On Tuesday, about two dozen victims from the Northern California town of Paradise, which was destroyed in last week’s deadly Camp Fire, filed suit against Pacific Gas and Electric Co (PG&E) alleging that the company’s lax maintenance and “inexcusable behavior” contributed to the cause of the blaze.

“Most of [the victims] are aware of PG&E’s history of starting wildfires and trying to get away with it,” Mike Danko, a lawyer from one of the three law firms representing the wildfire victims, told Grist. “They want their voice to be heard.”

The victims of the fire who are now suing PG&E lost their homes and possessions, many barely escaping with their lives. The Camp Fire — the deadliest wildfire in California’s history — has already claimed the lives of at least 56 people, with 130 still missing as of Thursday morning.

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PG&E and another major utility, Southern California Edison, reported to regulators they experienced problems with transmission lines around the time the blazes started On top of that, just prior to the Camp Fire, PG&E began warning customers it might turn off power because of the high risk of wildfires. But the company ultimately decided to cancel the anti-fire measure, according to a press release:

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“Pacific Gas and Electric Company (PG&E) has determined that it will not proceed with plans today for a Public Safety Power Shutoff in portions of eight Northern California counties, as weather conditions did not warrant this safety measure,” reads the statement published November 8 — the same day the Camp Fire began.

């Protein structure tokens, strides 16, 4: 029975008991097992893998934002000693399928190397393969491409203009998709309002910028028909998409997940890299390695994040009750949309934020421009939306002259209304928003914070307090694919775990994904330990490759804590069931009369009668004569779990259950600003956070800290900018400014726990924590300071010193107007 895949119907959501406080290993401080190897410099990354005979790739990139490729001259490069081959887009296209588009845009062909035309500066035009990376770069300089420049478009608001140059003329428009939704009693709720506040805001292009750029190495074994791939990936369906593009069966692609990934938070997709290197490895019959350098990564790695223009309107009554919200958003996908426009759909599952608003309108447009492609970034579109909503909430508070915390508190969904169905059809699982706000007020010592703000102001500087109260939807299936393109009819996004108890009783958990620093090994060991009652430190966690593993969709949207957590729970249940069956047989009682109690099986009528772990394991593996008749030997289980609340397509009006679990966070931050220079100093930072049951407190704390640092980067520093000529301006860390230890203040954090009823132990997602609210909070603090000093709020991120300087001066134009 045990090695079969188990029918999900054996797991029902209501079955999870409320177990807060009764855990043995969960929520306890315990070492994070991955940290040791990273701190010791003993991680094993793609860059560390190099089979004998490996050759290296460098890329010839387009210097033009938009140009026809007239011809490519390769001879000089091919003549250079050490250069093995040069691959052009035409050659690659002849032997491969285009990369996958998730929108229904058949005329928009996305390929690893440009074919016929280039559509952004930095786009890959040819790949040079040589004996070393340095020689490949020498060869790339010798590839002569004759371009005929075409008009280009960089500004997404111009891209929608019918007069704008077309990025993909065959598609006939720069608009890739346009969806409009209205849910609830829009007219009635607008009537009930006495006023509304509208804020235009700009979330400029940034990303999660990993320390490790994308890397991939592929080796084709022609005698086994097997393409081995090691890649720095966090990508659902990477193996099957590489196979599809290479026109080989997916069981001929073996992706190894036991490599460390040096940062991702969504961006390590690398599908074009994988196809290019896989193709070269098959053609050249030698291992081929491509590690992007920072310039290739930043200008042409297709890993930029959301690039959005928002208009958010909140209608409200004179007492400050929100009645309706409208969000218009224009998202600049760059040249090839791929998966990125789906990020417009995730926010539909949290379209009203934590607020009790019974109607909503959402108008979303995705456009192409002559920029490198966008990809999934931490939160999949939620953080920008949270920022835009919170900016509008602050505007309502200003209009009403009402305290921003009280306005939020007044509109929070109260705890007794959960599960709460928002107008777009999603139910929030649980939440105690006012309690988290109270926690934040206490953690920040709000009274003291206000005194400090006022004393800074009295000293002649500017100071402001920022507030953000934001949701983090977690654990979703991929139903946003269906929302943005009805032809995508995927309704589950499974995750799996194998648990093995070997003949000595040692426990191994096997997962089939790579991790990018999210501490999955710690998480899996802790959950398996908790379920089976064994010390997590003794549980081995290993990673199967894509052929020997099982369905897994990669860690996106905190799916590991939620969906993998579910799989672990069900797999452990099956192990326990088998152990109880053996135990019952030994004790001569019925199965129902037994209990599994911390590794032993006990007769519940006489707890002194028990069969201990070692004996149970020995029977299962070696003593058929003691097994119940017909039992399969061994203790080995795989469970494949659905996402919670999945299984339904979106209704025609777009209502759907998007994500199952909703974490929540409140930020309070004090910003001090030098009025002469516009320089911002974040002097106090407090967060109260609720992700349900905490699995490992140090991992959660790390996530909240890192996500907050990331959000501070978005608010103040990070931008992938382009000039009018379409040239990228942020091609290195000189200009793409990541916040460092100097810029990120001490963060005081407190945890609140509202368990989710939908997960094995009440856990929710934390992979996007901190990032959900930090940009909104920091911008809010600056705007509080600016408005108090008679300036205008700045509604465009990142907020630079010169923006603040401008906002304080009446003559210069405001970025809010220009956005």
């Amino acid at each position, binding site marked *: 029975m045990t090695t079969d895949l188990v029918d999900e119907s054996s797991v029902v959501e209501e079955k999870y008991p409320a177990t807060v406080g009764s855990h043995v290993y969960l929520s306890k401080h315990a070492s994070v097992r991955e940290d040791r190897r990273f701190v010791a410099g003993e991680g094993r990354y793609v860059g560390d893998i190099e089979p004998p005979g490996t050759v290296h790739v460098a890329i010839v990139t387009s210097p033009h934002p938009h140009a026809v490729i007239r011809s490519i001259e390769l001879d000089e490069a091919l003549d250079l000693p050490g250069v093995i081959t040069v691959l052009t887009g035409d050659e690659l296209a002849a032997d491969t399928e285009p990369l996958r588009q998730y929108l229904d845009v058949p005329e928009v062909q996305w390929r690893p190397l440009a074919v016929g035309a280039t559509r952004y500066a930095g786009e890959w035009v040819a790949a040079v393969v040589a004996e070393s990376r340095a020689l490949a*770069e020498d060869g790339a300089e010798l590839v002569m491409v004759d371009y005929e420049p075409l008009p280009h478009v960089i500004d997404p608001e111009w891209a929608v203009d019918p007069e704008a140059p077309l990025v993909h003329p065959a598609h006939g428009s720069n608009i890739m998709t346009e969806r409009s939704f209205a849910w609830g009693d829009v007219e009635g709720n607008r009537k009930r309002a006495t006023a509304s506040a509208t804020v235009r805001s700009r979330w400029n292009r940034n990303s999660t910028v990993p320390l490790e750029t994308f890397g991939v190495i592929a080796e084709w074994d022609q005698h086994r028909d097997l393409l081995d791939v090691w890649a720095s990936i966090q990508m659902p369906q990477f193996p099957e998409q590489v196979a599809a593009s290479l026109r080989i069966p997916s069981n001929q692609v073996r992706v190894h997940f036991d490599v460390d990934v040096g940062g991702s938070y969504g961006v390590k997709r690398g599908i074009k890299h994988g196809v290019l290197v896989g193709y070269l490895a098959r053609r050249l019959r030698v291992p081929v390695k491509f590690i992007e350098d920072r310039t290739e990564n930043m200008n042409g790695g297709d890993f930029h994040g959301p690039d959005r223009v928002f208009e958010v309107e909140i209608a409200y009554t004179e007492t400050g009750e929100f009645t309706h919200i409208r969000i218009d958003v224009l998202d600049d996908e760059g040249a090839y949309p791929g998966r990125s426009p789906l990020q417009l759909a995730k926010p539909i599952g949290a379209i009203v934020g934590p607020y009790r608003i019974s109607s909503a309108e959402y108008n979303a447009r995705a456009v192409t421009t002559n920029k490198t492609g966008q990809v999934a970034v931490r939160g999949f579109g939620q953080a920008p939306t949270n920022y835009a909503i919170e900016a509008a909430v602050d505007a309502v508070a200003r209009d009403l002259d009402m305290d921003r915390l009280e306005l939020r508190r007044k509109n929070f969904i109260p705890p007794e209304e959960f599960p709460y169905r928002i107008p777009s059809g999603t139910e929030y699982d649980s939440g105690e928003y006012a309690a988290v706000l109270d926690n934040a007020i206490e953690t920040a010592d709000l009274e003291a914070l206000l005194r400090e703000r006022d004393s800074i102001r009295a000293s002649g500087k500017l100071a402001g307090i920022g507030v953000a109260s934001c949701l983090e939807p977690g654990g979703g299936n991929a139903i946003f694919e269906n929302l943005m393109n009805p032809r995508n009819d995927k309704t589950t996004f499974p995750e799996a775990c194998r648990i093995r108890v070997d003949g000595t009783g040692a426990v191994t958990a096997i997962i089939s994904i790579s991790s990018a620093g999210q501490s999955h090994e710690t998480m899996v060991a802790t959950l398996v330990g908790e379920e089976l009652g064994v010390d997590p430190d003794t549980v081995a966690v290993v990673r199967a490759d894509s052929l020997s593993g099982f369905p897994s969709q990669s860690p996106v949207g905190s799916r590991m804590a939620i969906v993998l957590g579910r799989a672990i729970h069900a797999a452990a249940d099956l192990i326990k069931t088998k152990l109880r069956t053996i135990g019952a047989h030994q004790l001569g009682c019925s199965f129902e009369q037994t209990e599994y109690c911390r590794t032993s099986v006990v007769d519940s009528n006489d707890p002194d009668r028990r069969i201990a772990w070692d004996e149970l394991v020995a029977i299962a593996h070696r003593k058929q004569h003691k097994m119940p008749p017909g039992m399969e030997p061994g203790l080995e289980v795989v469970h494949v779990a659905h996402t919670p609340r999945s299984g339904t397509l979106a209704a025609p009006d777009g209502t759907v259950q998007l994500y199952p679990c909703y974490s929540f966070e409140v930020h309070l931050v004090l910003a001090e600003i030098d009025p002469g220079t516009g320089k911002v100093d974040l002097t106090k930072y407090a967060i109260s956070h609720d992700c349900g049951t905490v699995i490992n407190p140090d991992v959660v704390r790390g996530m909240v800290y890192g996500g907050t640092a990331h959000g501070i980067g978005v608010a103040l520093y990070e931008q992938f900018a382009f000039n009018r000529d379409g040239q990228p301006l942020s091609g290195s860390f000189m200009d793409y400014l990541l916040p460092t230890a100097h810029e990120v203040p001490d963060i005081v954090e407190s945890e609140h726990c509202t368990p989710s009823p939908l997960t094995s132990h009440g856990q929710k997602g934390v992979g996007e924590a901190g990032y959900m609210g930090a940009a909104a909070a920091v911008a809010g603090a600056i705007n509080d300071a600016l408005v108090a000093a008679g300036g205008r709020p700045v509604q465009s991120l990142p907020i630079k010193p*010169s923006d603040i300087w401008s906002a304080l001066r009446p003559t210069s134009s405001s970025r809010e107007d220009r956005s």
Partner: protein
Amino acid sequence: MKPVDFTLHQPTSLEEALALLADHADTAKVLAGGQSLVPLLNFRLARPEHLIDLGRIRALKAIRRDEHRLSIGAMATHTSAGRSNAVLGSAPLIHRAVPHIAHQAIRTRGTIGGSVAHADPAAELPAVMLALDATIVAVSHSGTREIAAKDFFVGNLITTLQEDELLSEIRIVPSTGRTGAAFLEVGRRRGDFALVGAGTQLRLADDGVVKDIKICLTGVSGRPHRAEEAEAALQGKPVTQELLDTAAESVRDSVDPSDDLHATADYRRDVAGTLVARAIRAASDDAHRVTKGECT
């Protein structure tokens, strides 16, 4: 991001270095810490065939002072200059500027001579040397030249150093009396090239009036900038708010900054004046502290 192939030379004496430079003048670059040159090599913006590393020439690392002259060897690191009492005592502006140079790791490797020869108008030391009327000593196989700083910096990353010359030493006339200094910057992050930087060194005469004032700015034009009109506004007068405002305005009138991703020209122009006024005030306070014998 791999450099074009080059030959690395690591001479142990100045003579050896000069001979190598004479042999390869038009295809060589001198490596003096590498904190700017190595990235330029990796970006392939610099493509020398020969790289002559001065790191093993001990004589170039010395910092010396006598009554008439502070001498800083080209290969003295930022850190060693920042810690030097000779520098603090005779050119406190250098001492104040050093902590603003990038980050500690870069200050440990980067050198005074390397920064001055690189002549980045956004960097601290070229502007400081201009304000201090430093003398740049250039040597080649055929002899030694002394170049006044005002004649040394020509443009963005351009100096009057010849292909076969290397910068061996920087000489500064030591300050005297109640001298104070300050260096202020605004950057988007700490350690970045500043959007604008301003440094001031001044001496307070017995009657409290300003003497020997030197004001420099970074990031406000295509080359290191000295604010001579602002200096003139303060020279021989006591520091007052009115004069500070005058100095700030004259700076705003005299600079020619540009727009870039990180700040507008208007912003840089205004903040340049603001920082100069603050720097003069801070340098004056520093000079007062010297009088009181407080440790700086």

The cause of the Camp Fire has yet to be determined — something PG&E officials are quick to point out. “Right now, our primary focus is on the communities, supporting first responders and getting our crews positioned and ready to respond when we get access so that we can safely restore gas and electricity to our customers,” the company said in a statement.

Danko calls PG&E’s comment “empty words.” This is not the first time the utility has been accused of being responsible for a major wildfire. In 2017, Cal Fire concluded that PG&E broke safety laws — namely, poor maintenance of trees along power lines — which led to a wildfire that took the lives of 22 people.

The new suit cites 18 separate fires and explosions caused by PG&E infrastructure since 1991, including a 2010 explosion at a PG&E natural gas pipeline that killed eight people and led to a fine to the tune of $1.6 billion from state regulators and a felony conviction issued by a jury in federal court.

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If PG&E is found liable for the Camp Fire, the company’s payout could exceed its insurance coverage. This could spell financial trouble, not only for PG&E but for California customers. In September, California Governor Jerry Brown signed a bill designed to help PG&E cope with the fire-related costs of 2017’s wildfires by allowing the utility to pass on some of those costs on to their customers — including those who lost their homes to the wildfires.

The bill was met with swift opposition by consumer advocates who saw the bill as a bailout for a company with a damming record of lax safety oversights. “We don’t think this is safety for Main Street — we think this is safety for Wall Street,” said Mindy Spatt, a spokesperson for The Utility Reform Network consumer group. “We urged the Legislature to do something that would protect consumers and residents, but this wasn’t it.”